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892 vol 25 no 12 december 2012

Attneave, F. & Olson, R.K. (1971). Pitch as a

medium: A new approach to
psychophysical scaling. American Journal
of Psychology, 84, 147166.
Gockel, H.E., Carlyon, R.P. & Plack, C.J. (2011).
Combination of spectral and binaurally
created harmonics in a common central
pitch processor. Journal of the Association
for Research in Otolaryngology, 12, 253260.
Meddis, R. & OMard, L. (1997). A unitary
model of pitch perception. Journal of the
Acoustical Society of America, 102,
Moore, B.C.J. (1973). Frequency difference
limens for short-duration tones. Journal of
the Acoustical Society of America, 54,
Oxenham, A.J., Micheyl, C., Keebler, M.V. et al.
(2011). Pitch perception beyond the
traditional existence region of pitch.
Proceedings of the National Academy of
Sciences, 108, 76297634.
Pitch perception has been a focus
of auditory research for over a
hundred years. Yet despite this, we
still do not have a clear explanation
for how pitch is represented by
neurons in the auditory system.
Two rival theories have slugged it
out over the years: place theory,
in which pitch is determined by
which neurons are active, and
temporal theory, in which pitch is
determined by how the neurons are
active, specifically in terms of their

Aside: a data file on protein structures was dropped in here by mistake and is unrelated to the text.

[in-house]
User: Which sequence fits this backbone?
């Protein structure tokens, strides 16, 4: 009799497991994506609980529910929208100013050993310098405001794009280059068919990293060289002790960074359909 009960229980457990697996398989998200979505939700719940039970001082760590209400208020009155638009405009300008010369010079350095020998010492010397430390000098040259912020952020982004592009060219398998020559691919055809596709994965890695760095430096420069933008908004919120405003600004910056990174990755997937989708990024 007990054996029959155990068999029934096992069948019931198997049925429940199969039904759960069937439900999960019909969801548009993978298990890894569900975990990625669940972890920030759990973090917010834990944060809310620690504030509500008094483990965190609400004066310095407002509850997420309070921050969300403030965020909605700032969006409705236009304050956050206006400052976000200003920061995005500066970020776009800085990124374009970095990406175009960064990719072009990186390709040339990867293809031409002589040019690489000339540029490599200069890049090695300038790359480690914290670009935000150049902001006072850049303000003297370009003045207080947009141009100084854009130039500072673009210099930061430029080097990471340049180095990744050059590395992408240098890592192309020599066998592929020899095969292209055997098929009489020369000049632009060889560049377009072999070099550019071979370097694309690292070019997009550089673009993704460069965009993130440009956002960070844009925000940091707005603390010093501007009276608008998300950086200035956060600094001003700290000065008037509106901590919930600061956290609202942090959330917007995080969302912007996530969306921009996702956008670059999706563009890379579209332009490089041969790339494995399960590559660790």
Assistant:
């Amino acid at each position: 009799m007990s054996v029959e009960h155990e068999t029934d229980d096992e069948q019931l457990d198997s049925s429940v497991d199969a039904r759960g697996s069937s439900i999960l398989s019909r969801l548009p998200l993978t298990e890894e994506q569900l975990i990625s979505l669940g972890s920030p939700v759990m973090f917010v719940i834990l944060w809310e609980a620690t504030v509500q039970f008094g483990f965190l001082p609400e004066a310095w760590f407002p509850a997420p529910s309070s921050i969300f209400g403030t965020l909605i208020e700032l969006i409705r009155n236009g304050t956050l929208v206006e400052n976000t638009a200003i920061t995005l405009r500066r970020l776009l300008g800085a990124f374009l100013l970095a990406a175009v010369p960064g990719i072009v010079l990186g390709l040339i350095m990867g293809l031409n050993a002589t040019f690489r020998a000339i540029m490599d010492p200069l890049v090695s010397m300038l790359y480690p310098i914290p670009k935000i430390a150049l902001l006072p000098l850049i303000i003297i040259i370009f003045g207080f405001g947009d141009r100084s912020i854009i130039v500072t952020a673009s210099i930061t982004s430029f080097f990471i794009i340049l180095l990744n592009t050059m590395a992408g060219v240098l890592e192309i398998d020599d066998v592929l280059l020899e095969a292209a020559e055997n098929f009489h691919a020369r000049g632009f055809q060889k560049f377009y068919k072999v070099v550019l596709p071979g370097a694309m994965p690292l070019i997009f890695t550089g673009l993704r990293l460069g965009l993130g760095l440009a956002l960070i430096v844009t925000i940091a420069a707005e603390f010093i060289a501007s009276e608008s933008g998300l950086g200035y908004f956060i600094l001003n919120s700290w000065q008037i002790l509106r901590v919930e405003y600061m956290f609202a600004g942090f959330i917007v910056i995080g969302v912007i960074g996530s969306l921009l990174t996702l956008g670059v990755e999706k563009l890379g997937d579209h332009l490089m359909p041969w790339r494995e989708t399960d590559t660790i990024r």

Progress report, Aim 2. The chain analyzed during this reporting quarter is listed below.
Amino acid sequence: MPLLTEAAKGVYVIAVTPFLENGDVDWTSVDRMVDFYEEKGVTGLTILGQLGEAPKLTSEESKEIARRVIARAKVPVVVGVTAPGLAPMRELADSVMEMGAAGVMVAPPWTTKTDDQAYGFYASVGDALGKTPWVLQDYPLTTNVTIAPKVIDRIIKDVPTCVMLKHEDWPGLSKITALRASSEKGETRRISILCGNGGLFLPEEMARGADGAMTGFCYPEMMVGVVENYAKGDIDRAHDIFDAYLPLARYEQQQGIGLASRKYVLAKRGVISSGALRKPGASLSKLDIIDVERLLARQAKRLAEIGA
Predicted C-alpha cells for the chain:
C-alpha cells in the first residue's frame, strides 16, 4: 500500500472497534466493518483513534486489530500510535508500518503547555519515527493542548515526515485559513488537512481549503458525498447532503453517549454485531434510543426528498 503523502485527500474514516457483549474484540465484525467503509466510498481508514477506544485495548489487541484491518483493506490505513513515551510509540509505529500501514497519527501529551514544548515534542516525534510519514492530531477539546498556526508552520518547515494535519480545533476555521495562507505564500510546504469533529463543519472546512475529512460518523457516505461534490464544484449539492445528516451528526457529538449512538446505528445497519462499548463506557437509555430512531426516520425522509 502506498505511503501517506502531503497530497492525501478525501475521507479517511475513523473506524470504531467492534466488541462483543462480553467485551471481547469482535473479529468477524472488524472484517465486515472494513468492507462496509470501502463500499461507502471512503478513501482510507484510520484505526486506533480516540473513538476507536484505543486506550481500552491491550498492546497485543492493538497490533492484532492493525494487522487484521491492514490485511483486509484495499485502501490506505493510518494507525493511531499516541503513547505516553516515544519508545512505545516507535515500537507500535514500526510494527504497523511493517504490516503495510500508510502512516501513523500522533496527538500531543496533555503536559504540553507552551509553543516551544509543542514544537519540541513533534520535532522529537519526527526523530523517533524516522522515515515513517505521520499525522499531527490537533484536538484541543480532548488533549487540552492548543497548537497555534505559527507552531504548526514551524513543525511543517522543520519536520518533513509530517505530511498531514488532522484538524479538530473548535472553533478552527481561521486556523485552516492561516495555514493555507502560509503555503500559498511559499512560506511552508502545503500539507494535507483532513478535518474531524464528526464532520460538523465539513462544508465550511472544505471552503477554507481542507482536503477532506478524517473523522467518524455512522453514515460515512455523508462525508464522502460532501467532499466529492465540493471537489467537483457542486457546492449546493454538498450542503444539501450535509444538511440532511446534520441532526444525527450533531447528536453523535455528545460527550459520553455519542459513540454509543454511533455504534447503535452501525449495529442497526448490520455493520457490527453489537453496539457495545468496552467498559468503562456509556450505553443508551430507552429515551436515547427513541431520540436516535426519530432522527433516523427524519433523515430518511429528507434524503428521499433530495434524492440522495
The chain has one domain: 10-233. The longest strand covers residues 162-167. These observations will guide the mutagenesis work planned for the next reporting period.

temporal firing patterns. Although
temporal theory has had the
ascendency for a number of years,
recent findings suggest that place
theory may be ready for comeback.
itch is one of the primary auditory
sensations. It is arguably the most
important perceptual dimension of
music, allowing us to appreciate melody
and harmony. In non-tonal languages such
as English, pitch variations are part of
prosody, and we can stress parts of an
utterance by giving particular words a
higher pitch. Pitch is even more crucial in
tonal languages such as Mandarin Chinese,
as it is used to determine word identity.
Finally, and perhaps less obviously, pitch is
one of the main cues that allow us to
separate out sounds that occur together,
such as a man and a woman speaking at
the same time.
What is pitch?
Sound in general is composed of pressure
variations in the air, but sounds that
evoke a pitch share a more specific
property: they repeat over time. Indeed,
pitch can be defined as the sensation that
is related to the repetition rate of sound
waveforms. When the string on a guitar
vibrates, it produces a repeating pattern
of peaks and dips in pressure. When the
string vibrates slowly (e.g. the low string
on a guitar) we hear this as a low pitch.
When the string vibrates quickly (e.g. the
high string on a guitar) we hear this as a
high pitch.
The tones made by musical
instruments, and by the human vocal
apparatus, are complex sound waveforms
that are made up of several simpler pure
tones of different frequencies. The
frequencies of these harmonics are whole
number multiples of the overall repetition
Plack, C.J. (2005). The sense of hearing.
Hove: Psychology Press.
How is the pitch of sounds represented
by the brain?
Hearing pitch
right place, wrong time?